Clones! Super dogs! Daring rescues! This week’s episode of DC Universe’s Titans had it all! Ever since the epic season finale cliffhanger stinger introduced Superboy and Krypto last year, fans have been wondering when they’d get a chance to see the Teen of Steel and his dog again. Now they’re here, and it’s just like seeing the comics come to life! This episode mined MANY interesting pieces of Superman lore. So let’s break down the Easter eggs for the Titans episode “Conner”…
NOTE: For more on Krypto and Superboy, check out our Easter eggs column for the Titans episode “Dick Grayson.”
What’s in a name anyway? In this episode, Conner got his name after looking at the tag on a worker’s uniform. The story of how his comic counterpart first became “Conner” is a lot less simple. For years Superboy didn’t have any name other than Superboy, which got really inconvenient at times, but he didn’t have a secret identity so it wasn’t a concern. In 1998’s Superboy #59 (written by Karl Kessel and penciled by Dusty Abell) Superman gave Superboy the name Kon-El and officially adopted him as a cousin. The news filled Superboy with joy, since he never had his own name, and was constantly struggling with identity issues since he was a clone. His friends would call him “Kon” for short during this period. After Superboy was sent to live with Ma and Pa Kent in Smallville, the name Kon-El was simplified to Conner. The first comic where Superboy was officially identified as Conner was 2003’s Batgirl #41 (written by Dylan Horrocks and penciled by Adrian Sibar).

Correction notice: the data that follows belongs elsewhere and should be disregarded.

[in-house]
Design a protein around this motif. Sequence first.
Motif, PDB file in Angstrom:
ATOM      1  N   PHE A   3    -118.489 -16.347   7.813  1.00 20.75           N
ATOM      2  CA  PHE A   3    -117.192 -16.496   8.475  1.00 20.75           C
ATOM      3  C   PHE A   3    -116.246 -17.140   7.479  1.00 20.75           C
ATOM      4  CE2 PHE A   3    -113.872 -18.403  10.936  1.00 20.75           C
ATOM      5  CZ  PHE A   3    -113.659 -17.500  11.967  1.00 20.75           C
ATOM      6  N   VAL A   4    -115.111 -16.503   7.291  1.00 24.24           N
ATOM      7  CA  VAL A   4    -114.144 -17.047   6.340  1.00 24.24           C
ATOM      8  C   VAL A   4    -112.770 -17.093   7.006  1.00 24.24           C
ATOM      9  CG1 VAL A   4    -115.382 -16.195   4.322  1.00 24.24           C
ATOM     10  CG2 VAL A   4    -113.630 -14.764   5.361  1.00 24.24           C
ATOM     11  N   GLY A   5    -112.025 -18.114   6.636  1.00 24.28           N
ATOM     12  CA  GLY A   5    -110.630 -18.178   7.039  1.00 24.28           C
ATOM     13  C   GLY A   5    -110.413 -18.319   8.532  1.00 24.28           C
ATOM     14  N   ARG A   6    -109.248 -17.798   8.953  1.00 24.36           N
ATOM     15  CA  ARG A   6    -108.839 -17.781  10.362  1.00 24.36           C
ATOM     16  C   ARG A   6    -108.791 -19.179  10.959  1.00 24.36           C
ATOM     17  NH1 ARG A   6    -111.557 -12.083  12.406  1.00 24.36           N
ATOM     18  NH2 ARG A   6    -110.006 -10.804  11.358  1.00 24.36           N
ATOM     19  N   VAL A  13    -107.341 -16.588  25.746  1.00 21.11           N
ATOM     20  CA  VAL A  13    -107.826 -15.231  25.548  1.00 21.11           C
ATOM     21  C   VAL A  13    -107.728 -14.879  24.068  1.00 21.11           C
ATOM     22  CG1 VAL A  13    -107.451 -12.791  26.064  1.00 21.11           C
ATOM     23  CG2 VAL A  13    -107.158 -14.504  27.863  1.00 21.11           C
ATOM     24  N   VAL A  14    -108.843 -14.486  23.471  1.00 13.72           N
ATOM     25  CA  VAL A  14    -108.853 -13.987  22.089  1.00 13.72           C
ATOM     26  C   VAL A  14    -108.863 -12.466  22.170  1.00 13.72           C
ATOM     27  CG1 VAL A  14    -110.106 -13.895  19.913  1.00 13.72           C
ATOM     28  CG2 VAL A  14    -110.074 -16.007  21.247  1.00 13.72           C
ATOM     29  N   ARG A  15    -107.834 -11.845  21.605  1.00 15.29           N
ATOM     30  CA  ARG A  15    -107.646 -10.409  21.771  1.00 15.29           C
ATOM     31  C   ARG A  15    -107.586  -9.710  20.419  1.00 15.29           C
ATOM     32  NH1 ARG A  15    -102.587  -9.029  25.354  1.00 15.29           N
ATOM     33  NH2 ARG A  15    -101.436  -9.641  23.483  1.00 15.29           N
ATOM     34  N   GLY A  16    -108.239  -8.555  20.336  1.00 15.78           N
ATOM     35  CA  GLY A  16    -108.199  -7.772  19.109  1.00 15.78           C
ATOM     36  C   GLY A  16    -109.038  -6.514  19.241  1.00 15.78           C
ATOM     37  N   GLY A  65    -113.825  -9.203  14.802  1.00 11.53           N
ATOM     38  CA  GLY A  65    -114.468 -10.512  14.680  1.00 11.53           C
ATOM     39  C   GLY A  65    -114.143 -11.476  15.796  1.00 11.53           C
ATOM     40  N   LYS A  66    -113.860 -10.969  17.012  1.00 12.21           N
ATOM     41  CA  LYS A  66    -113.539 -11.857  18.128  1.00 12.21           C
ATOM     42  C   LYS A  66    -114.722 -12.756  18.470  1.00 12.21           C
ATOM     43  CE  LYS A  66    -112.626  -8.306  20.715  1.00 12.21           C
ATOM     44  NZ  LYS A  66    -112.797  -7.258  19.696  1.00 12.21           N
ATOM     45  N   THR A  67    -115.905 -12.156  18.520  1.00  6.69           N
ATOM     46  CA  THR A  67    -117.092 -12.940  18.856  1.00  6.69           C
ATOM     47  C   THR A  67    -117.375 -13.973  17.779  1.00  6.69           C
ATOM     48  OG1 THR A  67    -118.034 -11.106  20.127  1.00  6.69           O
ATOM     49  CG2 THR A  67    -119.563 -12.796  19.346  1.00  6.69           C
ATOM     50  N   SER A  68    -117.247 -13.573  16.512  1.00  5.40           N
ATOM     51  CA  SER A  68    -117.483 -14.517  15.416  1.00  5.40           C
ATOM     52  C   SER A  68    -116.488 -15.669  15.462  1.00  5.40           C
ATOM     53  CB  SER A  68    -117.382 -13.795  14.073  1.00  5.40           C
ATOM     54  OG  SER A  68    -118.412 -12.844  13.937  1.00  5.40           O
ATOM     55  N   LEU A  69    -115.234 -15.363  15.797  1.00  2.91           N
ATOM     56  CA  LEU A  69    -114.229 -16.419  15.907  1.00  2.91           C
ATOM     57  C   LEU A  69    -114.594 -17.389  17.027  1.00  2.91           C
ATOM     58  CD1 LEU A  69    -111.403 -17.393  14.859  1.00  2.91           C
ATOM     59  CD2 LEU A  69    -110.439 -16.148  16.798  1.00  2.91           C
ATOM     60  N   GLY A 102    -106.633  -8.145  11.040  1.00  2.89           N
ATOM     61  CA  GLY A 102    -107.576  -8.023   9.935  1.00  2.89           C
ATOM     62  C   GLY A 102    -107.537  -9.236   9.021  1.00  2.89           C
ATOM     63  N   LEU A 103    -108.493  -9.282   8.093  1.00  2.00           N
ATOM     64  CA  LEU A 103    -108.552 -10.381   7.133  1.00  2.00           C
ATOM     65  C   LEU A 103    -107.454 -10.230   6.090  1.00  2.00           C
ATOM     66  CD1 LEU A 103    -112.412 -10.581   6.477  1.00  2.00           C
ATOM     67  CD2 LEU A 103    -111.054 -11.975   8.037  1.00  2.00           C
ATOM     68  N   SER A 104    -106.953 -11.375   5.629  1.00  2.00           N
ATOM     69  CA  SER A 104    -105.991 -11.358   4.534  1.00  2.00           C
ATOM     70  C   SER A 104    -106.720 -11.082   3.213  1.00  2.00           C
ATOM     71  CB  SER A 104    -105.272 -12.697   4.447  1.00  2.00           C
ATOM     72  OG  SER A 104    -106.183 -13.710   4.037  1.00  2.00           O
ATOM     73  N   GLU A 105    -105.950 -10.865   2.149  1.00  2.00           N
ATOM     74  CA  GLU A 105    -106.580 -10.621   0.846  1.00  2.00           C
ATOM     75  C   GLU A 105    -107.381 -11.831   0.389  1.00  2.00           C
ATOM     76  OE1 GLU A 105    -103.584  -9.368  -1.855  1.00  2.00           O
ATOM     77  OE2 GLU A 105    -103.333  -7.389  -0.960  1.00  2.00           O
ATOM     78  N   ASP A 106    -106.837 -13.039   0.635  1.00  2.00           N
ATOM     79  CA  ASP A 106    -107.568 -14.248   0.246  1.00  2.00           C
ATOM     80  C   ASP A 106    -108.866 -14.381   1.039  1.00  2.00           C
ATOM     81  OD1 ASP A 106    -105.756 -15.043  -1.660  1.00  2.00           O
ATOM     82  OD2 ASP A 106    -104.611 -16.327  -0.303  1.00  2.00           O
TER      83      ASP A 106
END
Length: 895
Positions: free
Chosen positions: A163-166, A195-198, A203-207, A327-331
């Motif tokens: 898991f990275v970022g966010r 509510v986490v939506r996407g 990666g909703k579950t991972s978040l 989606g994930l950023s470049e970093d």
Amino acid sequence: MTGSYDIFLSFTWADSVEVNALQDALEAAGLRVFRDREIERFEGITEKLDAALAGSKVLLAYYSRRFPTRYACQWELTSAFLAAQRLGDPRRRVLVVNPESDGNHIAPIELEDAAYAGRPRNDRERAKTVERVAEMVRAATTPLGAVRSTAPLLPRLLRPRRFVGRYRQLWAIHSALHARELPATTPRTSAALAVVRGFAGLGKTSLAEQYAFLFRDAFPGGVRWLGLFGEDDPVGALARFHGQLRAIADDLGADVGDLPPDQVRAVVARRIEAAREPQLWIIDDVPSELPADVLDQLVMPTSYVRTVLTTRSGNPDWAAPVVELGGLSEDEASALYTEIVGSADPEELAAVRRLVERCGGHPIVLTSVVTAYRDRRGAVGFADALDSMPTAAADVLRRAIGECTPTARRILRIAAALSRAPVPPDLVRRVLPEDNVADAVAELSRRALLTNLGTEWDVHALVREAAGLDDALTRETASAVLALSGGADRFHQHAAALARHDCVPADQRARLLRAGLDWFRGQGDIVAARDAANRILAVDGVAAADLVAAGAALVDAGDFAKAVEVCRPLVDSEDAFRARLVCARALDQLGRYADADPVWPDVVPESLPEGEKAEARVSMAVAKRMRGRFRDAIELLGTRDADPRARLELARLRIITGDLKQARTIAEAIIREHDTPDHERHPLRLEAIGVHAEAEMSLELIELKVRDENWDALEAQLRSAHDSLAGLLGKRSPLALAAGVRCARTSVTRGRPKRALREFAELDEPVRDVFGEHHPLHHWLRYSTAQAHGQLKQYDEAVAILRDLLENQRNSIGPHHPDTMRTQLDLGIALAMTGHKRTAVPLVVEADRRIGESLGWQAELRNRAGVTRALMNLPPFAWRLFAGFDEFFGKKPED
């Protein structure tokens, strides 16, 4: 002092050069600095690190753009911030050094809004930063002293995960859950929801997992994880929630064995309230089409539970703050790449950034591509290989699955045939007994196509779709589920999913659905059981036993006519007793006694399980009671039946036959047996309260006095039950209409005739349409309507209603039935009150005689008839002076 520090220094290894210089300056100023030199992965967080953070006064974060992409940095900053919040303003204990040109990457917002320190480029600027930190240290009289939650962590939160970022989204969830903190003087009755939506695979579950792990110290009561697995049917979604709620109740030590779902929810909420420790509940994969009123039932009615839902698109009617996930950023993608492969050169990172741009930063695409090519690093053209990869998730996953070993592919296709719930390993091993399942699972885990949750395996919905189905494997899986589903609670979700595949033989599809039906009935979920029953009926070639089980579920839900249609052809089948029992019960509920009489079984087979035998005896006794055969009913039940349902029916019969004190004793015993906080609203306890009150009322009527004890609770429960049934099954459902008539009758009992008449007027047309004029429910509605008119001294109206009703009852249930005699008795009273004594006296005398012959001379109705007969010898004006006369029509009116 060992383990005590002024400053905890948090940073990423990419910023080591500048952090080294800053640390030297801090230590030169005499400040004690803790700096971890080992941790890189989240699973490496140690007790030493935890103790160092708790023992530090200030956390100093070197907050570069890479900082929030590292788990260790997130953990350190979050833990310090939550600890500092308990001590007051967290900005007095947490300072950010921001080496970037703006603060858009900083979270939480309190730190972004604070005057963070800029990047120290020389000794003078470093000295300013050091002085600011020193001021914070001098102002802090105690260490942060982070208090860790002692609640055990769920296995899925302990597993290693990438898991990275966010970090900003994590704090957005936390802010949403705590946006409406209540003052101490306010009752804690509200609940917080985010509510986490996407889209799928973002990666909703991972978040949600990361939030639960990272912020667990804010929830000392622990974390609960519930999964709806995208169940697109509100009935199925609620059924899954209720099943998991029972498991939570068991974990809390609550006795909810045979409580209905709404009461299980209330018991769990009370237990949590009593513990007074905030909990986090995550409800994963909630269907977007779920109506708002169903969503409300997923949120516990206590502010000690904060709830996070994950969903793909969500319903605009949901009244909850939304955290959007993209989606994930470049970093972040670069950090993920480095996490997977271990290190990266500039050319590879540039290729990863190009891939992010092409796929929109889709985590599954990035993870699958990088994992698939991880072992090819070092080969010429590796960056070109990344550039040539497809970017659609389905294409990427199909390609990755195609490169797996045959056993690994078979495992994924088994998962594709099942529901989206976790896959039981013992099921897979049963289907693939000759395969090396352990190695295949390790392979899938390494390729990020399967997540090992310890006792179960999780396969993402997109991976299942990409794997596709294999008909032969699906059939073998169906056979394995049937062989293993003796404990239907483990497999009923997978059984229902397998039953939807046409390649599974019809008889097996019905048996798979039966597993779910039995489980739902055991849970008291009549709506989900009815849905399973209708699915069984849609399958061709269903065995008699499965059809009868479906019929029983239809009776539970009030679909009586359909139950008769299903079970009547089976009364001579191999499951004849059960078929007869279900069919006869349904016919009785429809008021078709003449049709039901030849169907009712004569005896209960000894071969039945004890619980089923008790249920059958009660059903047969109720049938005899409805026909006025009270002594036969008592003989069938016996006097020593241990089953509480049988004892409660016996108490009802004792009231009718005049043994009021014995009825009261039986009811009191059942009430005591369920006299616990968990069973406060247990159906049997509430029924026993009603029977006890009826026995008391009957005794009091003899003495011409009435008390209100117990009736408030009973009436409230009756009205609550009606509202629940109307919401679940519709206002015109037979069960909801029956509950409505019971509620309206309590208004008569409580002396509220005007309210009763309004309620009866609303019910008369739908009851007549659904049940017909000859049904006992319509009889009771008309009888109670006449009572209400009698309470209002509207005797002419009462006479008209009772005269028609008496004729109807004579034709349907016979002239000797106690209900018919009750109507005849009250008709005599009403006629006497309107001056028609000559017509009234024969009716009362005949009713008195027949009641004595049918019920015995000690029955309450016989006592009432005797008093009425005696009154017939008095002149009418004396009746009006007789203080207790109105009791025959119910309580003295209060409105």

A Super Shirt
It’s more than a fashion statement, it’s a piece of comic lore! While walking around Metropolis, Conner’s eyes gravitate to a black Superman shirt with a Red “S” pasted on… When Conner simplified his superhero look in 2003’s Teen Titans #1 (written by Geoff Johns and penciled by Mike McKone), the red- and-black shirt became his signature superhero uniform for the next eight years.
Show Some Mercy